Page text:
A common thread in the story has been that everyone matters – from Superman and Mongul to dark heroes and ancient villains to average citizens and slaves. Why was it so important to explore these kinds of themes with this story?
The easy answer is because it’s Superman’s core belief and a theme you’ll hopefully see expressed in every issue of Superman I always write. I think it’s important to see that side of Superman in every issue. I even make it the tacit subtext of most of his dialogues, whenever it makes sense.
The reason it’s even more important in the Warworld saga is because he’s trying to free people who were screaming for his head when he got there, people he’s never had to face face if he had just minded his own business. Warworld is one of the hardest and longest tasks he has ever undertaken, a task that would never have been worth it if he didn’t feel to the bones that people without families, without house, nameless, people who hate him, etc. matter as much as the people he loves the most.
Superman just wanting to go home to his family is such a perfectly down-to-earth motivation for Clark in this arc. Why is it important to see Superman vulnerable, especially in this way?
With so many gigantic and epic sci-fi concepts at play in the Warworld saga, Superman having a family he’s trying to get back to is probably the most relevant piece of the story. That’s how anyone would feel in their situation. As focused as he is on the job he has taken on, the one thing he can’t help but think about is keeping his promise to his wife and son, his promise that he will always come back.
Her love for her family and her underlying sense of loss during her lost years with Jon are also what help her connect with the Phaelosian children Otho-Ra and Osul-Ra. When he first meets them, as he falls unconscious from the beatings he has just received, he has forgotten that Jon is now an adult, and Osul-Ra reminds him of Jon.
Even after Superman was fully conscious and recovering, having two near-Kryptonian children who were around the age Jon was supposed to have caused his parental side to go into overdrive, and they became unusually close at the course of the Warworld saga. This all stems from Superman’s desire to see his family again, and I can’t wait to see where those relationships go. Superman: The Return of Kal-El and beyond.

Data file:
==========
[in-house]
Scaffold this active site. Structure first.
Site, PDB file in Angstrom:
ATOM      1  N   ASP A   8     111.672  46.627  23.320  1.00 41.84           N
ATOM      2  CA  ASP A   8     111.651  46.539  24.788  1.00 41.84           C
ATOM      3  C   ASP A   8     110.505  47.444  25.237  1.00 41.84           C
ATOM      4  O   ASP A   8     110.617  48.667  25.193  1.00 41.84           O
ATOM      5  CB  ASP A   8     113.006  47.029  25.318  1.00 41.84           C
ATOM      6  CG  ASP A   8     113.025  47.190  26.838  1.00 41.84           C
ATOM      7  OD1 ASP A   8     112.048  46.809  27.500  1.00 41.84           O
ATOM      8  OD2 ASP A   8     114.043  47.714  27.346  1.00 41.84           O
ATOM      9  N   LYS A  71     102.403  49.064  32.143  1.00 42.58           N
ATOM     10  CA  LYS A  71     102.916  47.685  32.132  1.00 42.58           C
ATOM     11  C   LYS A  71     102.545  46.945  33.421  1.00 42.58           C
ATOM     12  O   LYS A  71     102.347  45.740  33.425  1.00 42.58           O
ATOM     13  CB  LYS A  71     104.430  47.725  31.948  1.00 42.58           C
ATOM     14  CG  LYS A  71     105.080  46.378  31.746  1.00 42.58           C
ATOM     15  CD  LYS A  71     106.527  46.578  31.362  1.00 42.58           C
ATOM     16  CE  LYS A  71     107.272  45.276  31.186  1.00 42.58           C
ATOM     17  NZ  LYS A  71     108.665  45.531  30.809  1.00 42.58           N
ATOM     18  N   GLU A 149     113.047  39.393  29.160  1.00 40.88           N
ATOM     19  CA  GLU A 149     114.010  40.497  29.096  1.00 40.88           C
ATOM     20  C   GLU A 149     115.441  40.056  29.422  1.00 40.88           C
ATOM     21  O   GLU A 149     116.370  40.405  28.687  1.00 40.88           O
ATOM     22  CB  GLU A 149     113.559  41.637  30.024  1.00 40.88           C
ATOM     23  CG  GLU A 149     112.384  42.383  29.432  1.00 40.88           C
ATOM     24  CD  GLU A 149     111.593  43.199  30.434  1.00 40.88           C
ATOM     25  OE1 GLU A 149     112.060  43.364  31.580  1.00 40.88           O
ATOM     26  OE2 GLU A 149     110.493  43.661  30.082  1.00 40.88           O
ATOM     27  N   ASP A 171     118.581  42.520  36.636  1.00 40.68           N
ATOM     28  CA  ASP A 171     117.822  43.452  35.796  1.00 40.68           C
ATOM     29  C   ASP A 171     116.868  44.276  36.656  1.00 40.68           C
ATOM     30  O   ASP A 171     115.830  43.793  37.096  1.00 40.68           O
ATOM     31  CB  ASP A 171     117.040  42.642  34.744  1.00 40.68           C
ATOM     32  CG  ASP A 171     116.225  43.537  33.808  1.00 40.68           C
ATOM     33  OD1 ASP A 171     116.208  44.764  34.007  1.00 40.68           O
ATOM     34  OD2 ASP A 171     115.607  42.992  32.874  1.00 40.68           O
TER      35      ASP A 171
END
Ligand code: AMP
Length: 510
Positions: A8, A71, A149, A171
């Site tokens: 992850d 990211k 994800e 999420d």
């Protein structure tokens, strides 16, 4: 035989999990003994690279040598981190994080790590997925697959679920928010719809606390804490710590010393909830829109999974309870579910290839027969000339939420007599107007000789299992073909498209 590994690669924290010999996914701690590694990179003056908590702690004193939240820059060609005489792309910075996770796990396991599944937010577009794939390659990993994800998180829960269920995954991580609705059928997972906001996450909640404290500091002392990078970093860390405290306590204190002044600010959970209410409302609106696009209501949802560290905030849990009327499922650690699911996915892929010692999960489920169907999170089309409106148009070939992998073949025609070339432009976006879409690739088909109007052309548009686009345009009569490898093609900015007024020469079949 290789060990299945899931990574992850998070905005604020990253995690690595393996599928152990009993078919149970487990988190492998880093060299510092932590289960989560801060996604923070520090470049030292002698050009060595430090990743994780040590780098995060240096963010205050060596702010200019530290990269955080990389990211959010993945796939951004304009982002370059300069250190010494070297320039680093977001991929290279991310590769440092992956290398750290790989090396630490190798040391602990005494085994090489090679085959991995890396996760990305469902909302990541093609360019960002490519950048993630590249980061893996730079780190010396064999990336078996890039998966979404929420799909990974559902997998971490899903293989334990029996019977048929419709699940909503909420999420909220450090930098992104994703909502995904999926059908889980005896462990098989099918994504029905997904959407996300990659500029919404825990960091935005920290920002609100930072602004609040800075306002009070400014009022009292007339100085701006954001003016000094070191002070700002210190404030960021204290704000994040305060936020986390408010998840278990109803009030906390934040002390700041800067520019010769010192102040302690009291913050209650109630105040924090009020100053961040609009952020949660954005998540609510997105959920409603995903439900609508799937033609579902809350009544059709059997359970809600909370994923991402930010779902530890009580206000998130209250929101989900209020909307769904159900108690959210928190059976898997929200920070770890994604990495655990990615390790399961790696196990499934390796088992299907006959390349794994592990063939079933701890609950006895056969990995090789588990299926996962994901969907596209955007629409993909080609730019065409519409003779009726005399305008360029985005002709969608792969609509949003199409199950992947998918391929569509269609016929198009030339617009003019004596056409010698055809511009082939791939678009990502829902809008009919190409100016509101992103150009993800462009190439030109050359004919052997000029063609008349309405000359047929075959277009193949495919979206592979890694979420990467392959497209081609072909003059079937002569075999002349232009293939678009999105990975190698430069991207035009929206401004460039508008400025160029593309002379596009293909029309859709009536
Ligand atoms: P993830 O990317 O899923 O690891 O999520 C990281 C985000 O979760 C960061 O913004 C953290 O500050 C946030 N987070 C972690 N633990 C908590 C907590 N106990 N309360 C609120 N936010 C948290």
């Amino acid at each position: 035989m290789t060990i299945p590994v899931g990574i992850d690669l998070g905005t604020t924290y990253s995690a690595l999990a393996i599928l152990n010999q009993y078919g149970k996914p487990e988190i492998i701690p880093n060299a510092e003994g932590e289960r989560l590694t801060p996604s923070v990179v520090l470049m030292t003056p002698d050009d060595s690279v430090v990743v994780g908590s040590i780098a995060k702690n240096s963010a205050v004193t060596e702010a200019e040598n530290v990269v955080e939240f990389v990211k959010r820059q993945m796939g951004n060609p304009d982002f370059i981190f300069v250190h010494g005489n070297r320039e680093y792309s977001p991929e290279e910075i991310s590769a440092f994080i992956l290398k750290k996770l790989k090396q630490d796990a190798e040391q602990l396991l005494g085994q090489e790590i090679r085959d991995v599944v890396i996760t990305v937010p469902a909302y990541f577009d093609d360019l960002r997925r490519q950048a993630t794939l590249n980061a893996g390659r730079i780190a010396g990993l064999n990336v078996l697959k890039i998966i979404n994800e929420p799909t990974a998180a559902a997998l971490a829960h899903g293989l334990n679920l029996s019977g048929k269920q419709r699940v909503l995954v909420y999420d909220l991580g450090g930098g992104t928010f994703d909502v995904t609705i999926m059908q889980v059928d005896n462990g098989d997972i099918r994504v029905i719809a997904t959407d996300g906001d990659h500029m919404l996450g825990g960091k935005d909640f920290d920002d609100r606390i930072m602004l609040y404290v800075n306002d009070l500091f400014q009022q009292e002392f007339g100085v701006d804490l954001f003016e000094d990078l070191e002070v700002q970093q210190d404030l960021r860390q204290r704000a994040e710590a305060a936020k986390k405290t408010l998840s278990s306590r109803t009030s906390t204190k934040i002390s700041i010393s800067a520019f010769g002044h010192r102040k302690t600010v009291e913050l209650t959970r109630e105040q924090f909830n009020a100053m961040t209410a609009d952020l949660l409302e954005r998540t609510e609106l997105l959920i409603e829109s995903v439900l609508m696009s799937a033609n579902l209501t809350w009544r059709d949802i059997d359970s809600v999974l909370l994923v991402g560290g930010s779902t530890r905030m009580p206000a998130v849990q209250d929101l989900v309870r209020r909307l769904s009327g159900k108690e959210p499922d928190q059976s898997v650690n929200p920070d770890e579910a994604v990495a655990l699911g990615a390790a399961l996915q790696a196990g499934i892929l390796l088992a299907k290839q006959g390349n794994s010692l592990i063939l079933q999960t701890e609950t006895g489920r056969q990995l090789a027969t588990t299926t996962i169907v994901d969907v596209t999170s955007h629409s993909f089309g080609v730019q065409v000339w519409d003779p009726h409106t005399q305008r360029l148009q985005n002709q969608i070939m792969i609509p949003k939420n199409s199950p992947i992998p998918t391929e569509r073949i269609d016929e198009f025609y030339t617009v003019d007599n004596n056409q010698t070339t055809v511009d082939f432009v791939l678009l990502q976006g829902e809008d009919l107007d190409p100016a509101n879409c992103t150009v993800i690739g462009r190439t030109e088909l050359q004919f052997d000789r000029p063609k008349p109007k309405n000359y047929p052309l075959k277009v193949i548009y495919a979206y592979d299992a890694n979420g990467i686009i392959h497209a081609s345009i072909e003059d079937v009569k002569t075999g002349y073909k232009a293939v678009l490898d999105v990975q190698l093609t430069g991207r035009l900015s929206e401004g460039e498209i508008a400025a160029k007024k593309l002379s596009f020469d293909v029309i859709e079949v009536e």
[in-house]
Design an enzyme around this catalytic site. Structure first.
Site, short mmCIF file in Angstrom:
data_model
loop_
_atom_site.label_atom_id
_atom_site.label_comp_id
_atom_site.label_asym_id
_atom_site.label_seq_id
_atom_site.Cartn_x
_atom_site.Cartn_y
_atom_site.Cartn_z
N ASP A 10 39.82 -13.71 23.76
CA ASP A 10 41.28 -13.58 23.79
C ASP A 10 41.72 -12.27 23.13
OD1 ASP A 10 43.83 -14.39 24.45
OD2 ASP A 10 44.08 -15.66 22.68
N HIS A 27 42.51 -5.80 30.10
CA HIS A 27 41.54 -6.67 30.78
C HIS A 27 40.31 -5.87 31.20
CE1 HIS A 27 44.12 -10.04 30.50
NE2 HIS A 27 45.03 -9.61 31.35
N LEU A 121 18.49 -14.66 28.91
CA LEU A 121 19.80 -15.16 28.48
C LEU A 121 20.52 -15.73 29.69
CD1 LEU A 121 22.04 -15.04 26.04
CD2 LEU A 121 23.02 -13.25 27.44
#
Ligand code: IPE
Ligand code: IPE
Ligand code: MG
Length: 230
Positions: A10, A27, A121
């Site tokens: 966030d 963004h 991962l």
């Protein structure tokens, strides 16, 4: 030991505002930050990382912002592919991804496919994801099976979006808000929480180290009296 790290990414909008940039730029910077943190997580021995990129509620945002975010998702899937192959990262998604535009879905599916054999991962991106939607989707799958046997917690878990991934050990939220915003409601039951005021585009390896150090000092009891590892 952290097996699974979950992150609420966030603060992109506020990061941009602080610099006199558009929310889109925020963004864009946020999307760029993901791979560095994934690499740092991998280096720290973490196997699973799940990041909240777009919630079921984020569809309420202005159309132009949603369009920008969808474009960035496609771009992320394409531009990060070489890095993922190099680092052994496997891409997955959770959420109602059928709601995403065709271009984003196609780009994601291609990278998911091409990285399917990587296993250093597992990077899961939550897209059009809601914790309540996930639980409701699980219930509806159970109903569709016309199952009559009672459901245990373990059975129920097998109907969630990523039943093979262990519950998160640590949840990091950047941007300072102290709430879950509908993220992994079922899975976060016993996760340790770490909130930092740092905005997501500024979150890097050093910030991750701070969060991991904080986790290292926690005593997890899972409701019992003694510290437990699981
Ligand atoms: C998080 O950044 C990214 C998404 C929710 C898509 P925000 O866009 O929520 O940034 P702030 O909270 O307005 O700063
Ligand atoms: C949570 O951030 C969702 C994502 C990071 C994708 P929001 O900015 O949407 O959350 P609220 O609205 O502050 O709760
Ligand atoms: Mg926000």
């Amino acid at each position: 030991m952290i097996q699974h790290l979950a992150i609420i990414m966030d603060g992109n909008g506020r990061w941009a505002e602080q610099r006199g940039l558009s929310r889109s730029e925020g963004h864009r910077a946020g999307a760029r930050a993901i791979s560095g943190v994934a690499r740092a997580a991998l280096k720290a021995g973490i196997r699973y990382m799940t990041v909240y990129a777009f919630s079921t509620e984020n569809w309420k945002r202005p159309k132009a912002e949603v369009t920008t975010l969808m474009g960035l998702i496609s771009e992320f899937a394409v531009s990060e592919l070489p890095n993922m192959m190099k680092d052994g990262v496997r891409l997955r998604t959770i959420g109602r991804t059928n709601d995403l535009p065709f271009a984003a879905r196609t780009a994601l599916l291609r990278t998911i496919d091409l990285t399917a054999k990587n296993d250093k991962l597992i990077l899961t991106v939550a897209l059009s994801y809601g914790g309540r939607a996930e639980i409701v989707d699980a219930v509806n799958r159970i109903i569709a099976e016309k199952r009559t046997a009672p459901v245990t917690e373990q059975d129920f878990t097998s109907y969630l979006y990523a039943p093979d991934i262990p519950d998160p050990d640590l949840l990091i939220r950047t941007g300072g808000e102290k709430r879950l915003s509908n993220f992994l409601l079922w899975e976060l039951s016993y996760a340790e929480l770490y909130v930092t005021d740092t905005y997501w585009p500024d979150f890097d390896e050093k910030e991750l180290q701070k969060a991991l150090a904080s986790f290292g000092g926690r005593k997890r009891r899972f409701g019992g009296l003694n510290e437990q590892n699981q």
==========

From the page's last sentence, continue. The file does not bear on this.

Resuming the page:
Was that still the ending you had in mind for the series, or were there other paths this story could have taken?
The main lines ended exactly where I expected, but there were a few surprises along the way. A character I wrote with the express intention of killing ended up surviving, and another character I intended to live is now dead. But for the most part, it all ended exactly as planned, and the Warworld saga sets us up well for our plans in 2023.
What do you hope readers take away from the conclusion of this run?
Since Superman represents the best of humanity, writing him carries a kind of responsibility that I try to remember and respect. The Superman I see in my mind is the one who inspires me in ways that are hard to put into words. I hope the Warworld Saga helps him establish a clear and consistent voice, that it helps readers see the Superman I see, and that he inspires others the same.
Beneath the epic mythology and sci-fi imagery, the Warworld saga is a story about human trafficking and the dangers of hero worship, at least from my perspective. But I was moved to hear from fans who took away other positive messages from it, messages that I didn’t necessarily intend but are perfectly valid. What I’m trying to say is that I hope readers get something out of it that makes sense to them and that they find moving or inspiring.
Superman: Warworld Apocalypse #1 by Phillip Kennedy Johnson, Brandon Peterson and Will Conrad is available now from DC Comics.